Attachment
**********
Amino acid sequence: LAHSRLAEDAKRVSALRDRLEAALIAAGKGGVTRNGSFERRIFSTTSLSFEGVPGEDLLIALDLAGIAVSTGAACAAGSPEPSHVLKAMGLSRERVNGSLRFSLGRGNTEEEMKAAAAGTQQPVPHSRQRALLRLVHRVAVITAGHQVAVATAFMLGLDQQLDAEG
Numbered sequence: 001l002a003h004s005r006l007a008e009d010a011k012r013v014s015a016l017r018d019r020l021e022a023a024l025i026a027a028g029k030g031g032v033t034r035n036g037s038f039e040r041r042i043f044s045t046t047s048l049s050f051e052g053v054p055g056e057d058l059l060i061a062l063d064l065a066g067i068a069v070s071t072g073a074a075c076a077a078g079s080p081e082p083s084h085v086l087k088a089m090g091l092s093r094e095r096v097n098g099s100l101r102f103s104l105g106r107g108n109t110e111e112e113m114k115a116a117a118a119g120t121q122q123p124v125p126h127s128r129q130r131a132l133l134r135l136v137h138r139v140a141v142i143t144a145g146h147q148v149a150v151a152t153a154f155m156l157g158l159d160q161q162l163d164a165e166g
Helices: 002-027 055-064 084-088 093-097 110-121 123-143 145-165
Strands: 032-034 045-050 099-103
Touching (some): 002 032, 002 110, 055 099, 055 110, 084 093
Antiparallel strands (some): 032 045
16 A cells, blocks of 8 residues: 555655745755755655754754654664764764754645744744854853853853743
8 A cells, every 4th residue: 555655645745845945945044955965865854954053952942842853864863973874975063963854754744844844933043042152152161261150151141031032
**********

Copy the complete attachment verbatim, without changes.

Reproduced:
Amino acid sequence: LAHSRLAEDAKRVSALRDRLEAALIAAGKGGVTRNGSFERRIFSTTSLSFEGVPGEDLLIALDLAGIAVSTGAACAAGSPEPSHVLKAMGLSRERVNGSLRFSLGRGNTEEEMKAAAAGTQQPVPHSRQRALLRLVHRVAVITAGHQVAVATAFMLGLDQQLDAEG
Numbered sequence: 001l002a003h004s005r006l007a008e009d010a011k012r013v014s015a016l017r018d019r020l021e022a023a024l025i026a027a028g029k030g031g032v033t034r035n036g037s038f039e040r041r042i043f044s045t046t047s048l049s050f051e052g053v054p055g056e057d058l059l060i061a062l063d064l065a066g067i068a069v070s071t072g073a074a075c076a077a078g079s080p081e082p083s084h085v086l087k088a089m090g091l092s093r094e095r096v097n098g099s100l101r102f103s104l105g106r107g108n109t110e111e112e113m114k115a116a117a118a119g120t121q122q123p124v125p126h127s128r129q130r131a132l133l134r135l136v137h138r139v140a141v142i143t144a145g146h147q148v149a150v151a152t153a154f155m156l157g158l159d160q161q162l163d164a165e166g
Helices: 002-027 055-064 084-088 093-097 110-121 123-143 145-165
Strands: 032-034 045-050 099-103
Touching (some): 002 032, 002 110, 055 099, 055 110, 084 093
Antiparallel strands (some): 032 045
16 A cells, blocks of 8 residues: 555655745755755655754754654664764764754645744744854853853853743
8 A cells, every 4th residue: 555655645745845945945044955965865854954053952942842853864863973874975063963854754744844844933043042152152161261150151141031032